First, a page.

Methodist Healthcare - November 01, 2021

Serving your baby's first solid foods is a big deal. Gummy grins full of mashed-up fruits or smears of pasta sauce on their little cheeks may not be far off. But first, you have to decide how to get your baby started.

Recognize when your baby is ready

When and how you decide to feed your child is your choice, and every baby is different. The American Academy of Pediatrics (AAP) recommends that children start to try solid foods, in addition to breast milk or formula, when they are about six months old.

Before getting started, you'll want to look for signs your baby is developmentally ready to eat. That might be when he or she:

  • Can sit without support: Your baby should be able to hold his or her head up when sitting in a highchair or infant seat.
  • Is big enough: Babies who have doubled their birth weight and are about 13 pounds or more might be ready to try solid foods.
  • Looks interested in food: Your baby might watch you eat or lean forward and open his or her mouth when food is near.

Know what to expect for the first few feedings

The best foods to start with are very soft, don't require chewing and can quickly dissolve in your baby's mouth. Make sure to only serve small amounts and watch your child closely.

As you begin, it's important to remember this is a learning process for your baby. Don't be surprised if all the food you spoon in runs right back out, or if your baby coughs or gags a little — that's normal. It takes some time for babies to get the hang of new textures.

Early spoonfuls

Many experts say it's a good idea to give your baby one new food at a time. If you wait 3-5 days in between offering new foods, you can see if he or she has an allergy or sensitivity to any food in particular. Some good options for your baby's first foods might be:

  • Cereals or mashed, cooked grains mixed with breast milk, formula or water.
  • Pureed fruits or vegetables, either that you make at home or buy as baby food from the store.

Finger foods

When your baby has mastered purees and can bring their hands to their mouth, you might try offering:

  • Small pieces of ripe banana or avocado.
  • Soft foods such as scrambled eggs or well-cooked pastas.
  • Thoroughly cooked, cut-up pieces from your dinner such as chicken (finely chopped, with no skin or fat), potatoes or peas.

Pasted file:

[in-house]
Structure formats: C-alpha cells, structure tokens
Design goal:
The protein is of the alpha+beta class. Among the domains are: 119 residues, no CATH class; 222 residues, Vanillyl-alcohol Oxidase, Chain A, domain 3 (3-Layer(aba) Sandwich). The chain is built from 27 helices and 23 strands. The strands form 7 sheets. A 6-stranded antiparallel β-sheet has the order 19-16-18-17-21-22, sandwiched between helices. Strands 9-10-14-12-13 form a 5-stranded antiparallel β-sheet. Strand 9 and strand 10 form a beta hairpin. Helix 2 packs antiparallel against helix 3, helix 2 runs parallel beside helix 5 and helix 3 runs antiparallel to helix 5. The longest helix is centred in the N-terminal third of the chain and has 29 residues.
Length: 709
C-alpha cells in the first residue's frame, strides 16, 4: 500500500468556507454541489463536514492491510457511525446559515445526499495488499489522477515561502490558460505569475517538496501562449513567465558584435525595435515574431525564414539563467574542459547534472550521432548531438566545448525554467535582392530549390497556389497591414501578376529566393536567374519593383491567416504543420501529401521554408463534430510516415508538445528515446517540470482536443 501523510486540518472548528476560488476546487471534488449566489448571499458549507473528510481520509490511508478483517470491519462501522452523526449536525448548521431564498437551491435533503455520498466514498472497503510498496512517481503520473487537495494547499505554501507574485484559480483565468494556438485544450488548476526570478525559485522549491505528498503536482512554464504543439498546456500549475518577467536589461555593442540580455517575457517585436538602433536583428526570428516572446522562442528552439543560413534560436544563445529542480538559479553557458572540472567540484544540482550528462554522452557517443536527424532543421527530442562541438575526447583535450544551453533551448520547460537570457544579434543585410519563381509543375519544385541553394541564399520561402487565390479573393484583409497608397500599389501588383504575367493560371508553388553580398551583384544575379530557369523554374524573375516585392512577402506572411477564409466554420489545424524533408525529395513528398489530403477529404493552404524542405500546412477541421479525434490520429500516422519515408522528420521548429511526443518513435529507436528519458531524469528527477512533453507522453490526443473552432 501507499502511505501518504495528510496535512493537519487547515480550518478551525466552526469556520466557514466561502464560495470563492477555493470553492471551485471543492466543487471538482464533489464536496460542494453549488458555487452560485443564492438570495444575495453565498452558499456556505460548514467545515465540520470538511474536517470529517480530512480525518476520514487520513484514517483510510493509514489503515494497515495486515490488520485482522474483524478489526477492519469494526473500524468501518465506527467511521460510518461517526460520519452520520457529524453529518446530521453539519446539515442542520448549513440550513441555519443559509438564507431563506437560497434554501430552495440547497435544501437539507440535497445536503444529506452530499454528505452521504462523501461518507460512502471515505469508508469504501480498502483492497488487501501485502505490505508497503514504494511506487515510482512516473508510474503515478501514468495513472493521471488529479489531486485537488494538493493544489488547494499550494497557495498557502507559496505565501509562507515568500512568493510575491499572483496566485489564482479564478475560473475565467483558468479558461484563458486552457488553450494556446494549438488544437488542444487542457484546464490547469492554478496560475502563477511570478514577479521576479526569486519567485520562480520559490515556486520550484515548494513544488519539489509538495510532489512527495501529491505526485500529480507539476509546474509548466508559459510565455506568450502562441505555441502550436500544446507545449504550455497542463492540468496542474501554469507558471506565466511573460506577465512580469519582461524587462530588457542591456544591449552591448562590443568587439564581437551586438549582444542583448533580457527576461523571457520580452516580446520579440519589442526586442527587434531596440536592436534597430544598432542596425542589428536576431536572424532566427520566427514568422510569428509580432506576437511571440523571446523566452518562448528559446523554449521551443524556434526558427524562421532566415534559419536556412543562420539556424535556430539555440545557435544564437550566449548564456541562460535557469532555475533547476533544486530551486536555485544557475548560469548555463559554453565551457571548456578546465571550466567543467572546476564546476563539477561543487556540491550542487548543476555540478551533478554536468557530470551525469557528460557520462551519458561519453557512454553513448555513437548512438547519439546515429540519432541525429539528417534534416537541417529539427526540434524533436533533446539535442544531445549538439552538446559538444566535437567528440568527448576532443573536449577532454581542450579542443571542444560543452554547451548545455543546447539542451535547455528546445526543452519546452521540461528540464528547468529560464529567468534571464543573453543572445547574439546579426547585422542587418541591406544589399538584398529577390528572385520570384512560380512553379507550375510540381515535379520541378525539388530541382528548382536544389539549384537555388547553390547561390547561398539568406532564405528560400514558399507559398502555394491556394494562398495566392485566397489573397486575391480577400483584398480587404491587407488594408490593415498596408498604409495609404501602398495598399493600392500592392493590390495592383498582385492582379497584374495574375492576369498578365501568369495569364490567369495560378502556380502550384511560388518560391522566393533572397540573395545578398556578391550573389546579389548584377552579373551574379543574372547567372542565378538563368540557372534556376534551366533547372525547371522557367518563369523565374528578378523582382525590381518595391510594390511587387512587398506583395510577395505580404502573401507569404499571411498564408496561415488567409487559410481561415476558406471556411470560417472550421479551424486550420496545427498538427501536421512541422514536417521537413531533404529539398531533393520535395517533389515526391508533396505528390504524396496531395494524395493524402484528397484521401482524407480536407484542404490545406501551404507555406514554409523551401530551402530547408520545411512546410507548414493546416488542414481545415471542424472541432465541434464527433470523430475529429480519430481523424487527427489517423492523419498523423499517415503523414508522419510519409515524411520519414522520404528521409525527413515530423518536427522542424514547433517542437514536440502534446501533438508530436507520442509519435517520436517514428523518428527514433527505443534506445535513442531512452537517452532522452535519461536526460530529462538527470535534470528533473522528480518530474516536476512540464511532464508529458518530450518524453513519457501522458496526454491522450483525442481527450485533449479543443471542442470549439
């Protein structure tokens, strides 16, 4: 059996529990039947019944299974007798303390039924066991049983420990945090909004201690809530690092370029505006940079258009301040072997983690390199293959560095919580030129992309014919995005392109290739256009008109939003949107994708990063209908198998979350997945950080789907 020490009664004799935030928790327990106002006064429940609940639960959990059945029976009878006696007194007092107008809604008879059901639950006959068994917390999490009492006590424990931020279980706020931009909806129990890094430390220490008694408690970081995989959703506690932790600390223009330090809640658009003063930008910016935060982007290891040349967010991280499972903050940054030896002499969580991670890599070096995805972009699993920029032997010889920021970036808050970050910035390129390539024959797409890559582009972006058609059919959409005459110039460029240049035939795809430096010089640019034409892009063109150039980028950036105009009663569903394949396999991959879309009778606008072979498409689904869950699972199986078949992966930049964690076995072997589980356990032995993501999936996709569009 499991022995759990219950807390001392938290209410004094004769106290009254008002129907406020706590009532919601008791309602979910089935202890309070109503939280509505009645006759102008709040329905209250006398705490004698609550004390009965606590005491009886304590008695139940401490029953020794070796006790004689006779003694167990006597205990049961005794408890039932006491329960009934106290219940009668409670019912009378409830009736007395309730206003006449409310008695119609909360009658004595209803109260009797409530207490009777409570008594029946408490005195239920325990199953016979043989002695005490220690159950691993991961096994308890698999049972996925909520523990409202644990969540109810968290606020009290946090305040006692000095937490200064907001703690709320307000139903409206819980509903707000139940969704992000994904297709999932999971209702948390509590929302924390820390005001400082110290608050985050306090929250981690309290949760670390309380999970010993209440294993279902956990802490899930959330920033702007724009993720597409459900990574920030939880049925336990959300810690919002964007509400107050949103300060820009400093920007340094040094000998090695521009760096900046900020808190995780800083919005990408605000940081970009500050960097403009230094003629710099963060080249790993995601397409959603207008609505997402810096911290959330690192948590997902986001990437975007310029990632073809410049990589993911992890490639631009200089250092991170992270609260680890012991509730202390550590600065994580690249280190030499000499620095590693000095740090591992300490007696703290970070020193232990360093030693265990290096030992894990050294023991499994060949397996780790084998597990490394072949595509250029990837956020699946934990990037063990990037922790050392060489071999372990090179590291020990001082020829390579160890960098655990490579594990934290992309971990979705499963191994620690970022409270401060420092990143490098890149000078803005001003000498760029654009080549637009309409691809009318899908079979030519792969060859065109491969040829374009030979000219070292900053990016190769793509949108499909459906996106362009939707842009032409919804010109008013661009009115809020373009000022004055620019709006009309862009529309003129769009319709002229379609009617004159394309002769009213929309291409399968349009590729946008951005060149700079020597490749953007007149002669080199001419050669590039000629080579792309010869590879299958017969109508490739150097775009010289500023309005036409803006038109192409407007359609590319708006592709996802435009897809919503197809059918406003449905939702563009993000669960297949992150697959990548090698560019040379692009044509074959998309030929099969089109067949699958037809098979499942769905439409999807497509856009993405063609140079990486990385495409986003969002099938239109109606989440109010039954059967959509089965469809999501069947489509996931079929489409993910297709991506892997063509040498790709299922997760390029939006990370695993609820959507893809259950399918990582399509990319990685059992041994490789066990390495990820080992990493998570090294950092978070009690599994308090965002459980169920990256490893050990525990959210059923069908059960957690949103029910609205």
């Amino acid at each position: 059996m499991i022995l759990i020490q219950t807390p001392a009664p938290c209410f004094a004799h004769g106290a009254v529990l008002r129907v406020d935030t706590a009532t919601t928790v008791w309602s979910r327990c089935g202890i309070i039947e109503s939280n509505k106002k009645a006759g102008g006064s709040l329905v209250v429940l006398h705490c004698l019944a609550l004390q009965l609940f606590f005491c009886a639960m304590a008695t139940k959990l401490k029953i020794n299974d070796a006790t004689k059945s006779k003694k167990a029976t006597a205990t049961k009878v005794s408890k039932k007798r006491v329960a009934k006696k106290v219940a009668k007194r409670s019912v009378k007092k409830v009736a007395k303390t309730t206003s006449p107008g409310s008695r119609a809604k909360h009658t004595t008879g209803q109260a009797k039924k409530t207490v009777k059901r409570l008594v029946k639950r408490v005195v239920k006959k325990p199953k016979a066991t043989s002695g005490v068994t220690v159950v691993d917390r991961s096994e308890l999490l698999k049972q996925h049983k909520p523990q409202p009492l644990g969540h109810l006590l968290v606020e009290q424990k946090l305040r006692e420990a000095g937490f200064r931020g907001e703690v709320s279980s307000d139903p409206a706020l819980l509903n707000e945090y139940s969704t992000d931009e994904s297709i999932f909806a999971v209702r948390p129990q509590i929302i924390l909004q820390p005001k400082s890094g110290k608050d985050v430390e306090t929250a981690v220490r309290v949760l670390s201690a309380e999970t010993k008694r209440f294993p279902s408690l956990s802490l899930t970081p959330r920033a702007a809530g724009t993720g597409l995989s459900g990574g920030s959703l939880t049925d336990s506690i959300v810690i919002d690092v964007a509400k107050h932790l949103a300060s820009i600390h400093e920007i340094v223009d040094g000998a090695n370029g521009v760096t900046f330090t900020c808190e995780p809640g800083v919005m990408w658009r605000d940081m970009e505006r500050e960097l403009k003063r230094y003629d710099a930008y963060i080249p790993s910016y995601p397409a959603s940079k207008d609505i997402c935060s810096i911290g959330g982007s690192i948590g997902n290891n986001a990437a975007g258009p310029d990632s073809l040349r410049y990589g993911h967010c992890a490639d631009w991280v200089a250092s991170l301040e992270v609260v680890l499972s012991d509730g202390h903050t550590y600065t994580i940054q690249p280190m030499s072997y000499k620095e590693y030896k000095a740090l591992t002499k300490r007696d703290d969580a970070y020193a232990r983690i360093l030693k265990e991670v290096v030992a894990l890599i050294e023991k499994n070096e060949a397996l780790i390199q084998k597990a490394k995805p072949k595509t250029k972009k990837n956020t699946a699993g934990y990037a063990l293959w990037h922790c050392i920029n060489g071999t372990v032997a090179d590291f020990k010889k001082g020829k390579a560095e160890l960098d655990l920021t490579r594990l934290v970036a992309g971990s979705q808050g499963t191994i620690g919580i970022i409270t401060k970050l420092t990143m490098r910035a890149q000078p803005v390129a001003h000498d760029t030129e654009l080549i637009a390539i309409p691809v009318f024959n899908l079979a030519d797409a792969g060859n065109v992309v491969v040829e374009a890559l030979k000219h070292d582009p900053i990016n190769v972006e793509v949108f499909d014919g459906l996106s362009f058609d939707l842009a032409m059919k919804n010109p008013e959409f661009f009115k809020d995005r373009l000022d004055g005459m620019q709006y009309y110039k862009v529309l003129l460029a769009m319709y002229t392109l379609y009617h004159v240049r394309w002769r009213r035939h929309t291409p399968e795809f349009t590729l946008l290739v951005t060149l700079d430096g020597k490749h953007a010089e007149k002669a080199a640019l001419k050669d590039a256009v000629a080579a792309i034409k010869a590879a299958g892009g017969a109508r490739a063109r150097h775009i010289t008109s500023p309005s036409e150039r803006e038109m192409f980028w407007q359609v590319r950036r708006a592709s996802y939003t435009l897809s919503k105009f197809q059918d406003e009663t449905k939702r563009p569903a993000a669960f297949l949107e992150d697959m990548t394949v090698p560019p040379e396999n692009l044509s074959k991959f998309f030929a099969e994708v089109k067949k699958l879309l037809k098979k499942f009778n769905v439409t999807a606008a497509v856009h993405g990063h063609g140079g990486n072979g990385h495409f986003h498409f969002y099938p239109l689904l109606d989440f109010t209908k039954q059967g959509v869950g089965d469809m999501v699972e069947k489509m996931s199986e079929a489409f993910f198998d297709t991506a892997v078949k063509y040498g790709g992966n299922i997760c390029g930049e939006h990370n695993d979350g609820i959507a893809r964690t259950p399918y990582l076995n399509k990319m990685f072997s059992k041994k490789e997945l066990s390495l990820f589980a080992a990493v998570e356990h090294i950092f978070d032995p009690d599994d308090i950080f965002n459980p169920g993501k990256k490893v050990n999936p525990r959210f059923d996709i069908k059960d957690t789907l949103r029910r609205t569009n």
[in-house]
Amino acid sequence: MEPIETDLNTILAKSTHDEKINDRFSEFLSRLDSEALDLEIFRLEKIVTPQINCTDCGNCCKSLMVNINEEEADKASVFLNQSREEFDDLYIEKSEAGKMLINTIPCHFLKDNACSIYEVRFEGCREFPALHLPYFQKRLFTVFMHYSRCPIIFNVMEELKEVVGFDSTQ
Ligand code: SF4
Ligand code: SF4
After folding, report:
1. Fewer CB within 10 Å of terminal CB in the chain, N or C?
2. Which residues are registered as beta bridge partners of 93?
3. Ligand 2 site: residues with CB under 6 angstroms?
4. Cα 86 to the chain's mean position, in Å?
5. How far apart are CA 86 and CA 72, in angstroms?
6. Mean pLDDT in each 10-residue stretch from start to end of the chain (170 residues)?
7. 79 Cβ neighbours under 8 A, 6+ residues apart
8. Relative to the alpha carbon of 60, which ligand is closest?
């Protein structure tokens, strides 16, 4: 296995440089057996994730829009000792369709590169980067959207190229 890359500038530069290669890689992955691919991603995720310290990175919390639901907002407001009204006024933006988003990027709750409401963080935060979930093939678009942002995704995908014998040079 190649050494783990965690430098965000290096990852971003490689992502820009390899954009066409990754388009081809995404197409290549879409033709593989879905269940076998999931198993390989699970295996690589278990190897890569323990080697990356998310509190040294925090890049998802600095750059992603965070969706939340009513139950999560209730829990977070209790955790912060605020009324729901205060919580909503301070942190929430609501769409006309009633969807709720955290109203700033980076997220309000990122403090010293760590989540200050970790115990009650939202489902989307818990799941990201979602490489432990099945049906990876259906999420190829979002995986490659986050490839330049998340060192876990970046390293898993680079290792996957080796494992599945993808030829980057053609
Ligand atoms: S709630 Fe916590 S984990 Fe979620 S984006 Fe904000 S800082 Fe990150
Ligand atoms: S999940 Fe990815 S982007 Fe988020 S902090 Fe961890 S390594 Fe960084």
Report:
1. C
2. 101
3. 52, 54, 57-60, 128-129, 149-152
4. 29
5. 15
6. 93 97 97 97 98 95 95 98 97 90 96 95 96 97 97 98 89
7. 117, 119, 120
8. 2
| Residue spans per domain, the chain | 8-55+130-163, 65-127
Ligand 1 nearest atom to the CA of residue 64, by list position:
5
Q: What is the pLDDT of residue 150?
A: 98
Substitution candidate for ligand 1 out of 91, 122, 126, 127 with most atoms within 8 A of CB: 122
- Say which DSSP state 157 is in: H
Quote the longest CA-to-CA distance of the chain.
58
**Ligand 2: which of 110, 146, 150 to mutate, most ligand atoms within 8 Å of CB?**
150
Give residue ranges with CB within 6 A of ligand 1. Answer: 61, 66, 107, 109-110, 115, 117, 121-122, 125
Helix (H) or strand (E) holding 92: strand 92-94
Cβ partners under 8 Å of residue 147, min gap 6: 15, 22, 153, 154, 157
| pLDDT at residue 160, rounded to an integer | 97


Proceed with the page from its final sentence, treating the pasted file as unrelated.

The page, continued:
In the past, pediatricians recommended holding off on serving foods that children might be allergic to, like peanut butter or eggs, but that's no longer advised (although peanut butter continues to be a choking hazard for babies if not thinned out and mixed into another food). You can find more tips on navigating food allergies here.

If you believe your child needs immediate attention and you have concerns about an allergic reaction or other life-threatening emergency, call 911.

Nurses representing Methodist Children's Hospital are standing by to personally assist you with medical advice concerning your child when they are sick. If your child is having a non-life-threatening emergency and you do not need to call 911, you can call Call-A-Nursefor the appropriate advice.

Understand choking dos and don'ts

When you're making choices about what to serve, steer clear of foods that might become stuck in your child's airway. The Centers for Disease Control (CDC) offers the following guidance to make foods safer for babies:

  • Cook and mash whole grains (like rice or barley).
  • Cut cylindrical foods (like hot dogs or string cheese) into thin strips, not round pieces.
  • Cut round foods (like grape tomatoes or berries) into small pieces.
  • Cut soft foods (like bananas or avocado) into small pieces or thin slices.

Make sure to avoid these foods, which are considered by experts to be choking hazards:

  • Candy
  • Chunks of fruit, meat or cheese
  • Nuts and nut butters
  • Raw vegetables
  • Seeds

Also avoid giving your baby food in a car seat or stroller, which might not position them in the safest way for eating; a highchair is always best.

Get excited: There's a new seat at your table!

As your baby's skills develop, you can introduce a wider range of textures and flavors. And in no time, you'll likely be pulling the highchair right up to your family's table. However, if your baby doesn't get the hang of it right away, that's OK too. You can wait a week or two and try again.

Keep your doctor in the loop as you transition to solid foods to make sure your child continues to get the nutrition they need.

If you have additional questions about introducing foods, food allergies or your baby's development, you can always find more resources to help at Methodist Children's Hospital.